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When practice just kills time

Posted: August 21, 2014 9:37 a.m.
Updated: August 22, 2014 6:00 a.m.

Last week we spent a few minutes talking about being the best in the world in a particular field.

LeBron James is the best basketball player in the world, and Rory McIlroy is the best golfer, but I think we agreed that it’s nearly impossible other than in sports to pick a single person who’s better than anyone else at a single task.

What we didn’t discuss is how you get to be the absolute best at something. Are you born with a phenomenal talent, or do you earn that distinction by long hours of practice?

Probably a combination of the two. Coincidentally, I recently happened upon some research on that very subject.

A preface, however: if you’re familiar with the author Malcolm Gladwell, you know he takes sets of circumstances and then arrives at certain conclusions.

In his book Outliers, Gladwell deduced that the best hockey players in the game are born in the first three months of the year.

His reasoning? That kids with late birthdays get pushed back a grade, so they’re older than most of their classmates. Because they’re a few months older and thus more physically mature, they’re better hockey players as kids.

And because they’re better players, they get better coaching. And more attention, all the way to the National Hockey League.

But some find fault with Gladwell’s analysis. And, of course, scientists have long argued over the most important part of becoming an elite performer. Is it talent, or it is practice?

And, as you might imagine, they can’t agree on anything.

Journalist Benedict Carey, in a freshly written piece, reviews the seminal 1993 study on the subject in which researchers said practice made up the biggest difference between elite performers and dedicated amateurs.

In a new study, Carey points out -- the most detailed research ever done on the subject -- that scientists came to a different conclusion.

 “We found that, yes, practice is important, and of course it’s absolutely necessary to achieve expertise,” said one author of the new paper. “But it’s not as important as many people have been saying” compared to inborn gifts.

Proponents of both theories even argue, as scientists often tend to do, about what is real practice and what is -- how can we say this? -- practice that basically kills time.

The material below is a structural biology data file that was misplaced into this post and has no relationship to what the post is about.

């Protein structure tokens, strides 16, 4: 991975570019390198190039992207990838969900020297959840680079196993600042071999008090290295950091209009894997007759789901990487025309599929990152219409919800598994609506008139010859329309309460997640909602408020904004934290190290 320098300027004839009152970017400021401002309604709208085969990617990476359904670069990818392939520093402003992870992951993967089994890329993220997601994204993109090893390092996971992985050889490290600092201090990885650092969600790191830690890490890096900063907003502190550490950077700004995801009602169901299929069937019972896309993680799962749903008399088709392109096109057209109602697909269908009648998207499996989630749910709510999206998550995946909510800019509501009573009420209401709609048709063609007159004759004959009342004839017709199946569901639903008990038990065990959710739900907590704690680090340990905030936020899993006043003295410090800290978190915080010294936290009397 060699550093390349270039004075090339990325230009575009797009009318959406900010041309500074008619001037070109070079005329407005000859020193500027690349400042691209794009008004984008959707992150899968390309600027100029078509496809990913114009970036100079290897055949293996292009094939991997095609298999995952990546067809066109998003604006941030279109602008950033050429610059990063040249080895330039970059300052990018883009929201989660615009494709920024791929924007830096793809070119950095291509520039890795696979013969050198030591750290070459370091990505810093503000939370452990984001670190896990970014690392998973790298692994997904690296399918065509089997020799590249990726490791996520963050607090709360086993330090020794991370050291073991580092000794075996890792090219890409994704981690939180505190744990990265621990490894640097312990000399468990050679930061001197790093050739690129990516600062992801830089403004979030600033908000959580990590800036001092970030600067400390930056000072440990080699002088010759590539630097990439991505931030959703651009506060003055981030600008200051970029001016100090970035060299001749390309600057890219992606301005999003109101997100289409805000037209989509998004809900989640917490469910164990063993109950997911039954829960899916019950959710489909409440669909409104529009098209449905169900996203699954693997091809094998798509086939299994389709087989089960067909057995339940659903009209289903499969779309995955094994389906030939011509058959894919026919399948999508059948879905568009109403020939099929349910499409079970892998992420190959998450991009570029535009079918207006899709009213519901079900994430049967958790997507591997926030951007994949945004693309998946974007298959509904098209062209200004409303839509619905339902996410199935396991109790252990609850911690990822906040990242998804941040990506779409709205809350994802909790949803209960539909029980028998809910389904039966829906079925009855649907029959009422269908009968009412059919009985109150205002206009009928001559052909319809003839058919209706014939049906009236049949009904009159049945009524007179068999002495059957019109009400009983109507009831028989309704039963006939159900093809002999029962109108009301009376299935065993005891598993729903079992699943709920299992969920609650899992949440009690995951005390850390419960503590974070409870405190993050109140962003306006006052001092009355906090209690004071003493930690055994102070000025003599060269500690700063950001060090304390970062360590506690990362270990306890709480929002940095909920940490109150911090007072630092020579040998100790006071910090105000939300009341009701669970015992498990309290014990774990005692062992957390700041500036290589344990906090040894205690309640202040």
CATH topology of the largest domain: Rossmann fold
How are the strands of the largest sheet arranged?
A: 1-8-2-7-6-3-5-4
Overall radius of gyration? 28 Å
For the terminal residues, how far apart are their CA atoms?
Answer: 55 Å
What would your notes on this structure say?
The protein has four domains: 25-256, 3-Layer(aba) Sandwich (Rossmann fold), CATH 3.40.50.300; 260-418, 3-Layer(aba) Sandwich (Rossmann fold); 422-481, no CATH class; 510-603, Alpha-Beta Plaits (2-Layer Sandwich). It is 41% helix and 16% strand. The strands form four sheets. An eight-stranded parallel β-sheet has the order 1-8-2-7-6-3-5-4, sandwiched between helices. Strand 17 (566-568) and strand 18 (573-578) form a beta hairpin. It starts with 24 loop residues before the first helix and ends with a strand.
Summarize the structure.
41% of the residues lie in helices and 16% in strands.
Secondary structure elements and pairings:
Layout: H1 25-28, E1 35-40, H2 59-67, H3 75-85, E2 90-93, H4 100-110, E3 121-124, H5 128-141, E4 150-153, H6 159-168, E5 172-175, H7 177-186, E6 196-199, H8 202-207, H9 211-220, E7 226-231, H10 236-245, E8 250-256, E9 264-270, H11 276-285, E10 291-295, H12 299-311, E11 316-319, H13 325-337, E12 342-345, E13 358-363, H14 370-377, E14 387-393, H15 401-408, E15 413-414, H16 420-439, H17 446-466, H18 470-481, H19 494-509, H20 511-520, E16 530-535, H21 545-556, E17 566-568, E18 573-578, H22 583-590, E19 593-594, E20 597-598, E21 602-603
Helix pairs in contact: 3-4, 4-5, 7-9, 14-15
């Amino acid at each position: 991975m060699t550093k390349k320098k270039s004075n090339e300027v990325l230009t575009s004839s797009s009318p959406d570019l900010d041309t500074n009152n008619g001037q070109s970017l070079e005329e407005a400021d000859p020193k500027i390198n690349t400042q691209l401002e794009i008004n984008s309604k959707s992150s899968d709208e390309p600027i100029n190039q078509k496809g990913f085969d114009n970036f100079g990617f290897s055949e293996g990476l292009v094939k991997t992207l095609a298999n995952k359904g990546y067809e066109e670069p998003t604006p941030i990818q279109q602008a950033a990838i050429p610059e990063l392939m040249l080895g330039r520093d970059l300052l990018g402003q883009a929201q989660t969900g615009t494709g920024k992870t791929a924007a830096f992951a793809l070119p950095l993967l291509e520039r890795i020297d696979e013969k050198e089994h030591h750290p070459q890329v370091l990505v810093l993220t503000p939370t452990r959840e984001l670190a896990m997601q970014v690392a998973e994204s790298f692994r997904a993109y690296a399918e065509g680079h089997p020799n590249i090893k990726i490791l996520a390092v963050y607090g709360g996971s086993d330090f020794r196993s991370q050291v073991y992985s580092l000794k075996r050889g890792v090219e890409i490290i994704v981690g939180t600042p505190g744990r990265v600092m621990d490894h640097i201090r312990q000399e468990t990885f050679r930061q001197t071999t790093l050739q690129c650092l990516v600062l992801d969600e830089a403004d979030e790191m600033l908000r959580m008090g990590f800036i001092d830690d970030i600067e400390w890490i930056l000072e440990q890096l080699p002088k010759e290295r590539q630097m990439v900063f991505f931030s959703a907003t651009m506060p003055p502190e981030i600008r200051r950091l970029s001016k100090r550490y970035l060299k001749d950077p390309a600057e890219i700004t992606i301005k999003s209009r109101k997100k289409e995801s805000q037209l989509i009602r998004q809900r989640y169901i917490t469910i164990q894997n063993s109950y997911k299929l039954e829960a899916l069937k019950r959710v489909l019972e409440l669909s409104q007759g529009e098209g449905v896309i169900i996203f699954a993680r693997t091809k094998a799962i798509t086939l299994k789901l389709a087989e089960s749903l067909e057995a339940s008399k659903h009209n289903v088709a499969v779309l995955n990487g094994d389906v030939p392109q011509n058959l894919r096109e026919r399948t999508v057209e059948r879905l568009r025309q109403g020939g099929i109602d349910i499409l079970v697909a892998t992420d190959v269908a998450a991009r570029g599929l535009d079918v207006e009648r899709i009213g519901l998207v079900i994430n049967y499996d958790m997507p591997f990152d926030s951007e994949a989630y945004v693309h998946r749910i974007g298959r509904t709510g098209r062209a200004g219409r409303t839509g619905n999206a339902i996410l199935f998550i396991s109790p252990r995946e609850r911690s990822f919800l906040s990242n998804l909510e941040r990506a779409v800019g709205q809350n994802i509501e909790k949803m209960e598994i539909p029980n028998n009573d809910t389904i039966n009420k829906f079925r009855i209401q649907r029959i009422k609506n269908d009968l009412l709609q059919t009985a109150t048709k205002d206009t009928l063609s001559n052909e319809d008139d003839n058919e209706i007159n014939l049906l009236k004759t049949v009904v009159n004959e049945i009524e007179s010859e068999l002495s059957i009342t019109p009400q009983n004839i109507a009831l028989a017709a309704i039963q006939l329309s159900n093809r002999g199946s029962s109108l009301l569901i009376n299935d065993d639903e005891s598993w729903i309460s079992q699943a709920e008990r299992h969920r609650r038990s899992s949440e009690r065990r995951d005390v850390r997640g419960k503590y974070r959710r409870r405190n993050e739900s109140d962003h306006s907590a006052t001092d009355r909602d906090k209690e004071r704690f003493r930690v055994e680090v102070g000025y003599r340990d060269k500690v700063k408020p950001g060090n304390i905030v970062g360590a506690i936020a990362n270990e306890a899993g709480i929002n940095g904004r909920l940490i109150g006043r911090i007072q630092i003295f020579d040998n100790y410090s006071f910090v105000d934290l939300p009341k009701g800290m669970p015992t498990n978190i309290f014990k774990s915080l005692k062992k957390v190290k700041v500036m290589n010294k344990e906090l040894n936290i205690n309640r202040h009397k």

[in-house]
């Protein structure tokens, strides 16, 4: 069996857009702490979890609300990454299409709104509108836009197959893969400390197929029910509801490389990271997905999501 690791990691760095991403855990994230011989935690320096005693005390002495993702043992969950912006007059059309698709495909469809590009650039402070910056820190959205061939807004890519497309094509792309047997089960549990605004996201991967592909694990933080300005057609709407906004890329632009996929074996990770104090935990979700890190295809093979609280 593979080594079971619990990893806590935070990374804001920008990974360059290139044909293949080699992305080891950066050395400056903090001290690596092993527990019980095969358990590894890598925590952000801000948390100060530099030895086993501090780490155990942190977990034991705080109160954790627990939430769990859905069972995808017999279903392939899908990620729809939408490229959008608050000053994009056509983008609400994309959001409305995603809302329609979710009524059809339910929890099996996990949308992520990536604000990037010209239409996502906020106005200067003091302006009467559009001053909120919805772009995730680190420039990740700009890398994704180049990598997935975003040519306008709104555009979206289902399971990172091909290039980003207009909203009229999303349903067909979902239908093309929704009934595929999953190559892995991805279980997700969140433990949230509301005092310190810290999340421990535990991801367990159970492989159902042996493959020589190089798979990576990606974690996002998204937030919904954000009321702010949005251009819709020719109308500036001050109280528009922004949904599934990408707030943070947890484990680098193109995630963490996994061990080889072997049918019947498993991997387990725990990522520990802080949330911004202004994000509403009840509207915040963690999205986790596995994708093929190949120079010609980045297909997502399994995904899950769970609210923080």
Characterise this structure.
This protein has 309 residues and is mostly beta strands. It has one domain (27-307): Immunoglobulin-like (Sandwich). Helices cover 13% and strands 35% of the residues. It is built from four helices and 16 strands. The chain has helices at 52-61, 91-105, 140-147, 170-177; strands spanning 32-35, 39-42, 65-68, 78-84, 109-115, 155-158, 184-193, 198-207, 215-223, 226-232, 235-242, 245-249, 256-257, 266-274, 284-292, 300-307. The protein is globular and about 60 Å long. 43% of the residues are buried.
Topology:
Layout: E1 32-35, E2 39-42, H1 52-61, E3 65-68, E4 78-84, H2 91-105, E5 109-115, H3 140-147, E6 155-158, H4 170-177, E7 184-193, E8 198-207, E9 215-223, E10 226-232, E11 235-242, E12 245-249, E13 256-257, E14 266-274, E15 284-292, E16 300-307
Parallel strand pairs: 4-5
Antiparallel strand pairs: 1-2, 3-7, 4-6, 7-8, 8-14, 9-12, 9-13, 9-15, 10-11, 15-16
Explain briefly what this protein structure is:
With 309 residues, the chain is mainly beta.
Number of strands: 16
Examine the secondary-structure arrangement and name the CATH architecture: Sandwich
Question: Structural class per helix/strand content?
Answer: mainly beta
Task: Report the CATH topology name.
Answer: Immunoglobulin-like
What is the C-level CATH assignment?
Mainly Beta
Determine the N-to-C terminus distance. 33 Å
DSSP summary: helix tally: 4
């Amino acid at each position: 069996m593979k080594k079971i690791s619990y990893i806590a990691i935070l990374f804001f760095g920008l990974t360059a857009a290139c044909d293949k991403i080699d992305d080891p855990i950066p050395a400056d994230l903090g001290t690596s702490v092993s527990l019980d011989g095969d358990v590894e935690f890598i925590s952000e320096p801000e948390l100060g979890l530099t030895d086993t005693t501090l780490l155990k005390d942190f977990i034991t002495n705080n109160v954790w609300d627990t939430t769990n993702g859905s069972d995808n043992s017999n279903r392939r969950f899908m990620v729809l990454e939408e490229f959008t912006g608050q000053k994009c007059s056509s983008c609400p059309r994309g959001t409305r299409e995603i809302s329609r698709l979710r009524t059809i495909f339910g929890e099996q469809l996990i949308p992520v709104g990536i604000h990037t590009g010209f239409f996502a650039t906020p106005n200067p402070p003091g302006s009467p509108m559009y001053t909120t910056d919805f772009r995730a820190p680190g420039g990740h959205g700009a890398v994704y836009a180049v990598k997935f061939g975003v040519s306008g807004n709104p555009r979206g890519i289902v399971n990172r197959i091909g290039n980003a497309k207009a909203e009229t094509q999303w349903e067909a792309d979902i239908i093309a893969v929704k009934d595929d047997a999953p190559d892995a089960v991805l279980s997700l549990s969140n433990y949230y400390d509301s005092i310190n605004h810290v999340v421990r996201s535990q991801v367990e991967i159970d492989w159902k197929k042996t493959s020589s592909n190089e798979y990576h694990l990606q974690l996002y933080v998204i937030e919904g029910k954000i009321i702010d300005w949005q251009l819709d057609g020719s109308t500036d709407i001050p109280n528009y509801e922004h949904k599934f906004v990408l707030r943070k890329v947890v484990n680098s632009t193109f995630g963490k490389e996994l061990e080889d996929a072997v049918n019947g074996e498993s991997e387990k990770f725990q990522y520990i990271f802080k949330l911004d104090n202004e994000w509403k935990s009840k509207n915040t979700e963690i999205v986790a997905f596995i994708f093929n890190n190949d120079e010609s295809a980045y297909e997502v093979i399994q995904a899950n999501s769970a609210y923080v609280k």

The argument gets a little too esoteric for me, but does include the revealing fact that people who practice seriously and achieve extraordinary results work on lots of different skills during one session, going back and forth between them, rather than just perfecting one narrow skill -- say, a particular chord on a piano keyboard.

I fall into the “if you ain’t very good to start with, you’re still not going to be great, no matter how hard you practice” school.

I could sit down on a piano bench next to the world’s greatest instructor and practice 12 hours a day, seven days a week for several months, and I would still be a piano dunce.

I’ve been running for 38 years, but even when I was younger, I could have trained under the tutelage of Olympic champions -- I could have worked myself to the point of exhaustion -- and I still never would have had a chance to run in the front of the pack with the Kenyans.

I could take painting classes with a world-class portrait artist and I’d never be able to produce an image that even remotely looked like my subject.

I could … well, you get the message.

If you have extraordinary, world-class talent in a particular area, you can hone and buff it to a fine luster. You can, perhaps, even become the best in the world at what you do.

But the rest of us? We just need to come to grips with the fact that with lots of practice, we might become pretty good at the things we enjoy.

And that’s not such a bad thing.


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